Definition of heist in US English:



  • A robbery.

    ‘a diamond heist’
    • ‘The panel suggested a radical re-think of sentencing for all types of robbery, ranging from street muggings to professionally-organised heists.’
    • ‘Back in 1963, when the Great Train Robbery occurred, it was considered the heist of the century.’
    • ‘The first two were charged with robbery, and Wang, the woman, was charged with selling diamonds taken in the heist.’
    • ‘Suspicions have therefore been raised that both heists were ‘inside jobs’ in which raiders using meticulous planning gained jobs with on-site companies.’
    • ‘So, despite this week's raid, heists will always be rare, with most real criminals dealing in the nastier side of law-breaking: petty theft, often involving violence, and drugs.’
    • ‘The heist began with the robbers deliberately setting off the alarm system and retreating into bushes.’
    • ‘This is the story of two bank robbers who end up fighting over the love of a woman they kidnapped before a heist.’
    • ‘However, it was found that victims of farm attacks ran a far greater risk of being killed than victims of cash-in-transit heists or than victims of house robberies in urban areas.’
    • ‘Along with his gang of loyal criminals, he commits daring daylight robberies and elaborate heists that anger the police while stirring the public's imagination.’
    • ‘Collectively the three escapees faced three charges of murder, 16 counts of attempted murder and seven armed robbery charges relating to cash-in-transit heists across the province.’
    • ‘A highly skilled thief is blackmailed into pulling a diamond heist when his daughter is kidnapped by an international terrorist.’
    • ‘The private security companies did not have the capacity to adequately protect airports, particularly from syndicates targeting drugs, car thefts and cargo heists.’
    • ‘Bank robberies, cash-in-transit heists, petty crime and road accidents are all declining in the City of Johannesburg.’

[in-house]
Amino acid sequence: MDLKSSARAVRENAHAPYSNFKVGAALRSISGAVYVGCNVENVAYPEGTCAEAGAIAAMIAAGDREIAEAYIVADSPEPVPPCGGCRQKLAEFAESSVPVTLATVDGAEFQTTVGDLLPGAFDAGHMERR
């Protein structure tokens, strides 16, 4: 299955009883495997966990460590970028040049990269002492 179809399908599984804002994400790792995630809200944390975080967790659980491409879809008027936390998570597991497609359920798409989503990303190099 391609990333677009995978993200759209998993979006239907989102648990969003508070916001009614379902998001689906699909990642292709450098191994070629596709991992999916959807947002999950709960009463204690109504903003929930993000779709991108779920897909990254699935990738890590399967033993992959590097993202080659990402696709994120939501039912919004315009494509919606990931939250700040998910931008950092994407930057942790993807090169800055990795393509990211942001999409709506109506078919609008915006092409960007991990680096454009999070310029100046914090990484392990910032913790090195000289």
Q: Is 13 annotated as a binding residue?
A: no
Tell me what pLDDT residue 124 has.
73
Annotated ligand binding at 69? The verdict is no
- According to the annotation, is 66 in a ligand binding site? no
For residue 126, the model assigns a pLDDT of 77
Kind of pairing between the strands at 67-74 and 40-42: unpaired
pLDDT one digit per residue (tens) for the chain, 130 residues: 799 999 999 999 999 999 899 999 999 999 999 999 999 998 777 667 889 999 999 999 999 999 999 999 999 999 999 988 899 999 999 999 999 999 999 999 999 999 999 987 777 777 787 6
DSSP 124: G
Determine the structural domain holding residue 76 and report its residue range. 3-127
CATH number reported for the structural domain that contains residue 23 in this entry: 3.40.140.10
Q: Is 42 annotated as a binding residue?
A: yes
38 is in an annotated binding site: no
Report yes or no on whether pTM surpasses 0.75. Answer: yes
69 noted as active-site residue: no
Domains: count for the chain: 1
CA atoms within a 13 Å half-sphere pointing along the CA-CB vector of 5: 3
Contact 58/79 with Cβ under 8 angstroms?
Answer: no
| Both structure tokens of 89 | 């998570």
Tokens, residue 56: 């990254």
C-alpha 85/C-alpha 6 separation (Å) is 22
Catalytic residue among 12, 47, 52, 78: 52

• ‘They were really professional bank robbers and the great thing about the heist was that it was carried out without any undue harassment or harm to anyone.’
    • ‘The work is filled with mentions of murders, drug heists and beatings, but the focus ultimately - and affectingly - rests on the more quotidian dramas.’
    • ‘Sure, the men behind the robbery looked pretty clever in the immediate aftermath of the heist.’
    • ‘I can tell you it is more than a diamond heist flick - it is a complex, tense and funny story presented in a very interesting way.’
    • ‘First, they have to launder all that drug money - poor babies - and now they're getting ripped off by a vicious gang of robbers who don't even use guns to pull their heists.’
    • ‘She listened over Tracy's muffled cries to the sounds of the robbers going over their plans for the next heist.’
    • ‘After all, these treasures are literally priceless, and the dome has a bit of a bad track record when it comes to guarding treasure - remember the diamond heist?’
    burglary, theft, thievery, stealing, breaking and entering, housebreaking, larceny, shoplifting, pilfering, filching, embezzlement, misappropriation, swindling, fraud
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[with object]North American
  • Steal.

    ‘he heisted a Pontiac’
    • ‘The brothers who own the house became part of the city's nouveau riche when they heisted a bank during the looting.’
    • ‘Immediately after that, a new plaque was unveiled at the school and a flag bearing the original village name was heisted outside the school.’
    • ‘When thieves heisted a car rented to cricket-star Brian Lara and the perpetrators discovered his bat in the vehicle, they returned it.’
    • ‘USA Today essentially heisted a big chunk of the Journal's travel-related ad revenue between 1986 and 1996, Fortune reports.’
    • ‘What follows is their descent into a world where ice cream vans are heisted and best friends shoot each other with airguns.’
    • ‘Your article, however, showed up the spin-obsessed leadership in all the big parties in heisting this fortune from tax payers and keeping it quiet for so long.’
    • ‘Disguises are assumed, safes are blown, millions of dollars are heisted according to a completely new and clever scheme, but this is pure escapism.’
    • ‘The sushi bar appears to be encased in red lacquer, and the tall, curving chairs lining it look like they've been heisted from The Jetsons.’
    • ‘But should you worry that your credit-card information might be heisted as it travels through cyberspace?’
    • ‘A couple of the new ones took a while to get used to, but essentially the new set was the same as the ones that were heisted.’
    • ‘I always wore two thin silver chains down my left side so no one would heist my wallet.’
    • ‘After heisting a gray Honda Wave motorcycle, he drove it straight into a police checkpoint.’
    purloin, thieve, take, take for oneself, help oneself to, loot, pilfer, abscond with, run off with, appropriate, abstract, carry off, shoplift
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Mid 19th century (originally US): representing a local pronunciation of hoist.